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EDITORIAL: Listen to activists fighting hesitant institutional change

Charlottesville and the University should capitalize off of the recent Virginia Supreme Court win to push for the removal of all memorials that perpetuate racism

Each memorial perpetuates a deeply racist history and undermines the value of marginalized communities on Grounds and in the community.
Each memorial perpetuates a deeply racist history and undermines the value of marginalized communities on Grounds and in the community.

Over the past five years, the Charlotteville community has reckoned with the presence of Confederate statues — a conversation that gained traction in 2016 with a petition by then-high school student and current second-year College student Zyahna Bryant and led to a vote by Charlottesville City Council on removing the Lee statue. After opponents of the decision filed lawsuits to contest the vote — saying it violated Virginia state law — this conversation reached an inflection point with the protests from white supremacists Aug. 11-12, 2017. This painful — and even deadly — fight has finally reaped tangible change. In late 2020, the Johnny Reb statue was taken down from outside the Albemarle County Circuit Courthouse, and the Supreme Court of Virginia recently ruled that the Lee and Jackson statues are not protected by the state’s previous ban on removing statues. These decisions are good news — each statue represents a history of racism and fosters continued discrimination today. 

Despite awareness of the issue, Grounds is still rife with symbols that either allude or explicitly praise the Confederacy and Lost Cause narrative, the eugenics movement and other manifestations of white supremacy. While the University expressed their intention to take action towards recontextualization and removal processes, little has been done thus far. The University must be more open with students and take more urgent action against these symbols on Grounds. 

Indeed the Charlottesville government has taken substantive steps to remove or recontextualize references to the Confederacy and other allusions to white supremacy. Since early 2017, the Charlottesville City Council has been fighting to remove the Stonewall Jackson and Robert E. Lee statues and to rename and recontextualize Lee Park. Unfortunately backlash — especially from the Sons of Confederate Veterans and the Monument Fund — held up progress by instigating four years of courts arguments. Only now has the City finally received permission to remove these statues. The University should similarly take more decisive action against Confederate symbols on Grounds.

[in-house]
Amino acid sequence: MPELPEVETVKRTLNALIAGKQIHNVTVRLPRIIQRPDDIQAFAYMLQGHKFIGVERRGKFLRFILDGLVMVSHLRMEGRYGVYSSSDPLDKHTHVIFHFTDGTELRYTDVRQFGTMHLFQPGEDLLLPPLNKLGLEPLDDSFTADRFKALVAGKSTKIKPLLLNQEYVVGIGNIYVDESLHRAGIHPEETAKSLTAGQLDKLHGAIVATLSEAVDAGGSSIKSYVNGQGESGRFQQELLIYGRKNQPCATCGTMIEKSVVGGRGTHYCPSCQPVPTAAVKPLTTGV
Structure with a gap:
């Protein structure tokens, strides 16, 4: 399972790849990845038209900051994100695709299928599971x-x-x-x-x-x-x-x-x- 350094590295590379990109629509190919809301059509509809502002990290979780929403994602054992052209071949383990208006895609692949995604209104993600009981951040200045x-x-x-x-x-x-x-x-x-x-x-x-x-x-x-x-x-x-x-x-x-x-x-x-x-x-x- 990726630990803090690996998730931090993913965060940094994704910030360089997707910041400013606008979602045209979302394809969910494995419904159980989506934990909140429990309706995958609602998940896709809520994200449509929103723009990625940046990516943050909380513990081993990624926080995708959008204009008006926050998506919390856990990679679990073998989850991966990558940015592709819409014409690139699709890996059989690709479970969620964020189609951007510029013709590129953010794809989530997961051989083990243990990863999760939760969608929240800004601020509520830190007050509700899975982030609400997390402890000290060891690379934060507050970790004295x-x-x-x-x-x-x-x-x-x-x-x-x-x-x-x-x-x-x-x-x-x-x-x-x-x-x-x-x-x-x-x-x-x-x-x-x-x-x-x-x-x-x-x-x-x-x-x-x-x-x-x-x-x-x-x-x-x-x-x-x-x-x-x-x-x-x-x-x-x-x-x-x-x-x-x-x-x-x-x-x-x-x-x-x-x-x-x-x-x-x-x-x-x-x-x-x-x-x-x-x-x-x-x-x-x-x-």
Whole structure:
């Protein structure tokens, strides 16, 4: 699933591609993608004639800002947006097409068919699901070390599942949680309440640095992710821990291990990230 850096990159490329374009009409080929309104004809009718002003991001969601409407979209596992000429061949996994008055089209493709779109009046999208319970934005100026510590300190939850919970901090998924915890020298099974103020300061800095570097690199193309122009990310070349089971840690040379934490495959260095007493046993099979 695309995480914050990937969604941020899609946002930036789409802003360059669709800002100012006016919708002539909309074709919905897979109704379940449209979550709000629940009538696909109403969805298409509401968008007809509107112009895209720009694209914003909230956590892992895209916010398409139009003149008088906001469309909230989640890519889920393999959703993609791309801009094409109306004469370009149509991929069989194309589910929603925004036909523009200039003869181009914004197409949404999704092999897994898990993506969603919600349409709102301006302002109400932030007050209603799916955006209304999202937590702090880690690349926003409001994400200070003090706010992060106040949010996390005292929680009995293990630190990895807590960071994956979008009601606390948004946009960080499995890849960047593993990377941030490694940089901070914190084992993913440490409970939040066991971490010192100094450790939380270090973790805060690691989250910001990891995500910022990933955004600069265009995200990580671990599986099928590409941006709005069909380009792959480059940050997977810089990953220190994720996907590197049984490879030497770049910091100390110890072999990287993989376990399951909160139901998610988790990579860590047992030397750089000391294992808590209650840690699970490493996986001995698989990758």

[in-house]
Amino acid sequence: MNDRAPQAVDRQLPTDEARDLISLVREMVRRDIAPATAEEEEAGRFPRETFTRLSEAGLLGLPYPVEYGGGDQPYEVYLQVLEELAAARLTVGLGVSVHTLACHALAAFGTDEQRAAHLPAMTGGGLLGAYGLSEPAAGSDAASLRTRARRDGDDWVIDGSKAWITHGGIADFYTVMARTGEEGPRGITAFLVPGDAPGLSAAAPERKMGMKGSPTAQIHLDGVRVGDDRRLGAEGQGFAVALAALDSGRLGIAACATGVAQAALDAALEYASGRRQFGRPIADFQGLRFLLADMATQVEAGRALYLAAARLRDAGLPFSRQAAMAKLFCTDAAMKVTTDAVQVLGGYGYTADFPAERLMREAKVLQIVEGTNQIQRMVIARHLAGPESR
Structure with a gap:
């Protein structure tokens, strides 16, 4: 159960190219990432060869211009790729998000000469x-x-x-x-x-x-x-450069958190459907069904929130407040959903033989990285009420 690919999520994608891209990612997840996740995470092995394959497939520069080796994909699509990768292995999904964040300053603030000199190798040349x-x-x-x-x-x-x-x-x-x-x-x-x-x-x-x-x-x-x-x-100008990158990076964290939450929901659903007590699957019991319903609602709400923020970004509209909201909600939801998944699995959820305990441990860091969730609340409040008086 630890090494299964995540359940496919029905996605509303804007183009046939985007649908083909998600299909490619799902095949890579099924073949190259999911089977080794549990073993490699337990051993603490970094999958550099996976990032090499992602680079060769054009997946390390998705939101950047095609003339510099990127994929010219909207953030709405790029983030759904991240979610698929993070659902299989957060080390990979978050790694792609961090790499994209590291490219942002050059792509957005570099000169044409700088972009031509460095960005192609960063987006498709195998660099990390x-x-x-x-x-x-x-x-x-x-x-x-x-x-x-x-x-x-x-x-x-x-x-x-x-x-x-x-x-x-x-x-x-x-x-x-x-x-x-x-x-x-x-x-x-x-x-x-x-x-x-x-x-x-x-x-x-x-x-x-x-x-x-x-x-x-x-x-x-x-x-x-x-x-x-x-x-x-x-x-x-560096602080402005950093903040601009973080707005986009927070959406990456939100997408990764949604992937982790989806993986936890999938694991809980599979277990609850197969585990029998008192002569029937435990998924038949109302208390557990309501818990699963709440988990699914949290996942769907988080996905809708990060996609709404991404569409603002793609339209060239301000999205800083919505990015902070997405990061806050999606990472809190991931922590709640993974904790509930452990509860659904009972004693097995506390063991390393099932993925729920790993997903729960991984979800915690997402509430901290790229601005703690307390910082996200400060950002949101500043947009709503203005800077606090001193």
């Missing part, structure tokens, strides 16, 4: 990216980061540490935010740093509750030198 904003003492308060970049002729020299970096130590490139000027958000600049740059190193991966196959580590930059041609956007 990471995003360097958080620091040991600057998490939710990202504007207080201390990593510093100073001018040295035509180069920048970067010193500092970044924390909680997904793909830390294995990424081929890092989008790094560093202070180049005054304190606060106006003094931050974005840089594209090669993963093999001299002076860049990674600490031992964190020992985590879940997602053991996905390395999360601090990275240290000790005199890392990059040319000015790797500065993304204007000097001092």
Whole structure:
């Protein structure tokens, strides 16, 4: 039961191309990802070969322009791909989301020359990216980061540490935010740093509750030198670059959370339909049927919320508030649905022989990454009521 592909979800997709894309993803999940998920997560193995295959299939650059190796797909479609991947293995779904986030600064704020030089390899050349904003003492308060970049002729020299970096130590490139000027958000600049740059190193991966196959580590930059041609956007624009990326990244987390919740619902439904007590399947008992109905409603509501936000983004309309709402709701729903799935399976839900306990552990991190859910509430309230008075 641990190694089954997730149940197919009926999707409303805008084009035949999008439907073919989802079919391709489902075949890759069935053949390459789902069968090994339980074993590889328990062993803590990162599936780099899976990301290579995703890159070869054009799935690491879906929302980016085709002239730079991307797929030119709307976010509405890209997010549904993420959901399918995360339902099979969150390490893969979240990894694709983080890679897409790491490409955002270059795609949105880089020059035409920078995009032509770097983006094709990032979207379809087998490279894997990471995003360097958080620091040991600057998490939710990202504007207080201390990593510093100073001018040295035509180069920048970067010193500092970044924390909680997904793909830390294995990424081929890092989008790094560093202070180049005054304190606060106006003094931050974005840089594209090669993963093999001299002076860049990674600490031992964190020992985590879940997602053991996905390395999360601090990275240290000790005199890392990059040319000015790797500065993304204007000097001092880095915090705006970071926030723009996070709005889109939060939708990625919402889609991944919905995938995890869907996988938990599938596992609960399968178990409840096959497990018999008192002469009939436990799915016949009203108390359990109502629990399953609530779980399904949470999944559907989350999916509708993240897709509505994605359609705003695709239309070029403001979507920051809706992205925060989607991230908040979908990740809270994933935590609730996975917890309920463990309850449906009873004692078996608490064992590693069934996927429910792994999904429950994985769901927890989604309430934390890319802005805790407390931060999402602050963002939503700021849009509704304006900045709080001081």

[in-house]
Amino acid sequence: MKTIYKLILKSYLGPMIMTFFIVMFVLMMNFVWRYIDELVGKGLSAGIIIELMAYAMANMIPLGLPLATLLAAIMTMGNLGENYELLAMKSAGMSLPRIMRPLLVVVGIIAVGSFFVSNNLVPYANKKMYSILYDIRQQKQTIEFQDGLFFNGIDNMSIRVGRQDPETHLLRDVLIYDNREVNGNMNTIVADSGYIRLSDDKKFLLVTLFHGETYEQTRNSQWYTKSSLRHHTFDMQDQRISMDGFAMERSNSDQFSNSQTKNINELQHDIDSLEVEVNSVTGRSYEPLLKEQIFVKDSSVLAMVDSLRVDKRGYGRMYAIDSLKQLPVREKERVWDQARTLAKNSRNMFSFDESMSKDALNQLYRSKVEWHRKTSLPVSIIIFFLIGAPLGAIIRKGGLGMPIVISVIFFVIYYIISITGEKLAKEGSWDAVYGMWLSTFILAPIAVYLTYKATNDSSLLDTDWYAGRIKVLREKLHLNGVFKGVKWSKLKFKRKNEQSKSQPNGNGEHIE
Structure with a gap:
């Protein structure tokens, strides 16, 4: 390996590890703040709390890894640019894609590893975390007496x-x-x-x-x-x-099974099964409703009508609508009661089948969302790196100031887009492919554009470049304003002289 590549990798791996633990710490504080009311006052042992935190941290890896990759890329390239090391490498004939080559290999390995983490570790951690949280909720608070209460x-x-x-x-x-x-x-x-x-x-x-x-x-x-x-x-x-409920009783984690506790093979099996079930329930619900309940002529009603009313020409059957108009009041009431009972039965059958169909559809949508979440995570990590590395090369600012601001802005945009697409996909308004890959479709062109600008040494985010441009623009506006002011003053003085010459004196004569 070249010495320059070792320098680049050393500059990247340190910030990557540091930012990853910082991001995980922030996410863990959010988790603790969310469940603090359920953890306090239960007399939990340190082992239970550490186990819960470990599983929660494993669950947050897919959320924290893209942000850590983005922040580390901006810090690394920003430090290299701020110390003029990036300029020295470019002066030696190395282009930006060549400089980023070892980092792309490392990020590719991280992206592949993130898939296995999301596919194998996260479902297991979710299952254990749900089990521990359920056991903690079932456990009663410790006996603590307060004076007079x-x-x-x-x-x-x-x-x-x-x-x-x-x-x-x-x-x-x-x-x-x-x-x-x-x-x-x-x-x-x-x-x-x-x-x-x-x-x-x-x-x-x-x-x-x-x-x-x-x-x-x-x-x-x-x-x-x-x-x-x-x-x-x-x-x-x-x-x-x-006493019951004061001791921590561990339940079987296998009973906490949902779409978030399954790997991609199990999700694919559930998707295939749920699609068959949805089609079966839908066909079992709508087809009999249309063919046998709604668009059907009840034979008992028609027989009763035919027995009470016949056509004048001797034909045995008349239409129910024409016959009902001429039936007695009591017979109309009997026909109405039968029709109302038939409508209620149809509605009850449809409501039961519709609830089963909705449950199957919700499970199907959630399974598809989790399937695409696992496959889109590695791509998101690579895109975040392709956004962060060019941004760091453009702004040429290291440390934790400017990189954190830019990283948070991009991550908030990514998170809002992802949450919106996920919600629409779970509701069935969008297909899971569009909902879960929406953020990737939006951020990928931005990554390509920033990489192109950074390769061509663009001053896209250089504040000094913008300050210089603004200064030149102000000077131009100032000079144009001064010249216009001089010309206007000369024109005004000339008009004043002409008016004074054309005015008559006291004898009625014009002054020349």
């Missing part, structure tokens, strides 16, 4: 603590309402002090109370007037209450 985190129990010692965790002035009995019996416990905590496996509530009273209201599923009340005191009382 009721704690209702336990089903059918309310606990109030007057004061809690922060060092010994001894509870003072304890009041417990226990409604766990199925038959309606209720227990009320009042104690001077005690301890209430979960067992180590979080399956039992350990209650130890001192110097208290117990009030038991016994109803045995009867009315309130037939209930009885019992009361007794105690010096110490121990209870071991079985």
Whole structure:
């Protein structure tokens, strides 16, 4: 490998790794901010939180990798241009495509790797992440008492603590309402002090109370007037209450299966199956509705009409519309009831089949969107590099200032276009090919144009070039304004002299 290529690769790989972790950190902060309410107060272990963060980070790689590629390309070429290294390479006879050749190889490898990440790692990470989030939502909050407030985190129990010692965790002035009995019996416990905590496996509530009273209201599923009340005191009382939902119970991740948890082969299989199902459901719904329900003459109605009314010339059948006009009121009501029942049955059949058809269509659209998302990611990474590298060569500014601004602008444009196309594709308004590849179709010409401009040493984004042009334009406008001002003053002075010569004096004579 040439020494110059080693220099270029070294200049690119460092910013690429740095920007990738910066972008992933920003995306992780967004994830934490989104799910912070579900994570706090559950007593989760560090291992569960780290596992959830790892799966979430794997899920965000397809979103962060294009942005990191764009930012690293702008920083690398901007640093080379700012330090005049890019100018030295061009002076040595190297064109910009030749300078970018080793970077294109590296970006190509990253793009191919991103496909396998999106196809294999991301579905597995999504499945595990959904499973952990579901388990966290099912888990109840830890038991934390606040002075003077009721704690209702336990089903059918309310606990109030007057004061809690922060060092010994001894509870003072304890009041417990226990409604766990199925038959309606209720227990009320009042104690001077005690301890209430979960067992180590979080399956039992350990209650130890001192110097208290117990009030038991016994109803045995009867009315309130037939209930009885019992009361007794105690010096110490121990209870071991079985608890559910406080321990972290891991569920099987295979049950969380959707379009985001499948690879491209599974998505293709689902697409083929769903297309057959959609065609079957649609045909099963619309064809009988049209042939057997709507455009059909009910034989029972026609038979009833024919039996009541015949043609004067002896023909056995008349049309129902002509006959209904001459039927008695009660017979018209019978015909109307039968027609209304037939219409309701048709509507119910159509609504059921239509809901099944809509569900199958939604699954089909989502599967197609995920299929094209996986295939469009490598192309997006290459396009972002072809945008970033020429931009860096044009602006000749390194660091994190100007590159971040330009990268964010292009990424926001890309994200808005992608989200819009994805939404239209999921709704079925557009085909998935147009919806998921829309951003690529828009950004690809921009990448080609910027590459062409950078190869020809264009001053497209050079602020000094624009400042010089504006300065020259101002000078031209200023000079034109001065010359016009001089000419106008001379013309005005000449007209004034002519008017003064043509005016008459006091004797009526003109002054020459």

Local Charlottesville organizers have called attention towards five statues that they are interested in recontextualizing or removing entirely. On Grounds, the Minority Rights Coalition also called to remove the Frank Hume Memorial Fountain, otherwise known as the Whispering Wall. Students reveal that it is demeaning and disheartening to walk past memorials for individuals that have encouraged oppression of their ancestors. Each memorial perpetuates the University’s deeply racist history and undermines the value of marginalized communities on Grounds. 

The issue at hand is oft-delayed by bureaucratic processes of legislative officials and University administration. Nevertheless, local activists like Zyahna Bryant, Anthony Guy Lopez and Don Gathers — just some of the countless individuals who so that the City that no longer celebrates its racist past — keep these conversations alive. Despite staunch efforts, they endure an incredibly slow and often seemingly indifferent response from both local government officials and University administration. The Art Department’s contextualization of the McIntire name and the School of Education’s website on the history of its former namesake similarly puts in the work to address racist references to white supremacist history while waiting for the University to make institutional changes. 

Recently, the University announced the creation of a committee that will work to review the names of University institutions and the contextualization and status of memorials on Grounds. However students expressed concern that the University is being dismissive of the larger systemic problem. It is frustrating for many students — particularly those from marginalized communities, whose identities are directly targeted by the existence of these statues and building names — to watch statues come down at schools across the country and still see a lack of concrete action at the University. While the Board of Visitors voted in September to remove the George Rogers Clark statue and contextualize the Thomas Jefferson statue by the Rotunda, no tangible action or changes are yet evident. 

That being said, the experience with the Lee and Jackson statues demonstrates that removing and recontextualizing memorials can be a slow process — nevertheless the University must be more open and honest and release their plan and timeline for the removal of these memorials. Additionally, the renaming of Pinn Hall several years ago shows the Board has the power to promptly rename University institutions. The University should consider taking advantage of other, quicker rededication processes for monuments and buildings. 

The long judicial processes cannot slow the momentum of the movement. It only proves we must maintain opposition to racist statues. We must listen to local activists and organizations putting in the work to enact real change and push the University and local government to develop detailed plans for removing racist references in our community.  

The Cavalier Daily Editorial Board is composed of the Executive Editor, the Editor-in-Chief, the two Opinion Editors, their Senior Associate and an Opinion Columnist. The board can be reached at


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